So far, the mild recession part of that scenario is on target. The downturn will be limited by past rapid adjustments by businesses to inventories, capital spending, and payrolls, and by Washington's timely and aggressive policy actions. While worries about anthrax exposure will test consumer confidence, reports suggest that consumer spending in the wake of the September 11 terrorist attacks is holding up better than expected. As Federal Reserve Chairman Alan Greenspan told Congress on Oct. 17, "All in all, I think we are looking at a situation that is nowhere near as bad as many of us thought it would turn out to be."
But the strong recovery part of investors' apparent outlook is still iffy. Greenspan quickly added that the economy "is also not exhibiting a snapback which has been typical of what happens when you get a major hurricane or natural disaster which breaks down the infrastructure."KEEP IN MIND that mild recessions have tended to be followed by mild recoveries, the most recent example being the upturn from the modest 1990-91 downturn. In contrast, severe recessions tend to engender strong recoveries, because they generate overly sharp adjustments to inventories and the balance sheets of businesses and households, and they create a backlog of pent-up demand that suddenly needs to be filled.
Consumers are the sector to watch, but the requirements for a powerful spending upturn by households is not likely to fall into place anytime soon. Throughout this business cycle, household buying has been governed by two basic factors: the labor markets and the stock market. Support from both of those sources has been eroding all year. Household net worth is set to decline again for the second year in a row (chart), and labor market weakness will extend well into the new year, eroding consumers' sense of job security.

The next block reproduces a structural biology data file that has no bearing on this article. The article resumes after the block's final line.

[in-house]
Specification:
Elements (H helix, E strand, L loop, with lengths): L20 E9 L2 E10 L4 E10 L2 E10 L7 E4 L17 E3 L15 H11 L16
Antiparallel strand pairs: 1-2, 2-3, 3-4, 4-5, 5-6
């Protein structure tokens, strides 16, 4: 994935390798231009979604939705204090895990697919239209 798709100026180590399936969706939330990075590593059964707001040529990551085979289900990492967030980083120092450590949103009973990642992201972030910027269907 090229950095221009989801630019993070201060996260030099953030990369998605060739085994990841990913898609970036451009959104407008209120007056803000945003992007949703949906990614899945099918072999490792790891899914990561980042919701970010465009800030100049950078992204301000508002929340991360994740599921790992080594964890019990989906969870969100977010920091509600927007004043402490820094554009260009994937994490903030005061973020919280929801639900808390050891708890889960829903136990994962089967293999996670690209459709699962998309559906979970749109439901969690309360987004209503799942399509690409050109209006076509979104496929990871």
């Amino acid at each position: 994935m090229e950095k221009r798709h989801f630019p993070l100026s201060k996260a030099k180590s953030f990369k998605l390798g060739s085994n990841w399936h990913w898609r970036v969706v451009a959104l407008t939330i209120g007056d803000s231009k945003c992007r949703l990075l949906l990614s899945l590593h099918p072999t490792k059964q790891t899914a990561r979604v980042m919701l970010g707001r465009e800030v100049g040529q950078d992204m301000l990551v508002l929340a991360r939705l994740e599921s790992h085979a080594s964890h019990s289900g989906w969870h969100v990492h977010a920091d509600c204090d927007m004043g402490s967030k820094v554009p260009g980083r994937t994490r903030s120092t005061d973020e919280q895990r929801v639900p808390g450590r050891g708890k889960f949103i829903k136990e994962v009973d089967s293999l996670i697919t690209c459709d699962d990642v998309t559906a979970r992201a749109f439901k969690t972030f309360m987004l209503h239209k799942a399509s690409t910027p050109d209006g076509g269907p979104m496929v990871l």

The depth of this recession will very likely be determined by the size of the falloff in fourth-quarter gross domestic product. The initial readings do not look terribly dire, but the shock effects from the September attacks are creating some insurmountable math problems for fourth-quarter GDP. The plunge in September activity pushed many of the key measures that affect GDP to levels well below their third-quarter averages, especially consumer spending.
We now know that retail sales in September plunged 2.4% from August (chart). The only gains were on essentials, such as food, gasoline, and drugs. First of all, that means third-quarter real consumer spending, as it goes into the GDP data, appears to have risen at an annual rate of 0.5% to 1.5%, down from 2.5% in the second quarter. The lower end of that wide range incorporates a heavy hit to outlays for services, such as air travel and hotels. Given the trends in other GDP components, economic growth in the third quarter, due to be reported on Oct. 31, seems likely to have declined, probably in the range of -0.5% to -1.5%.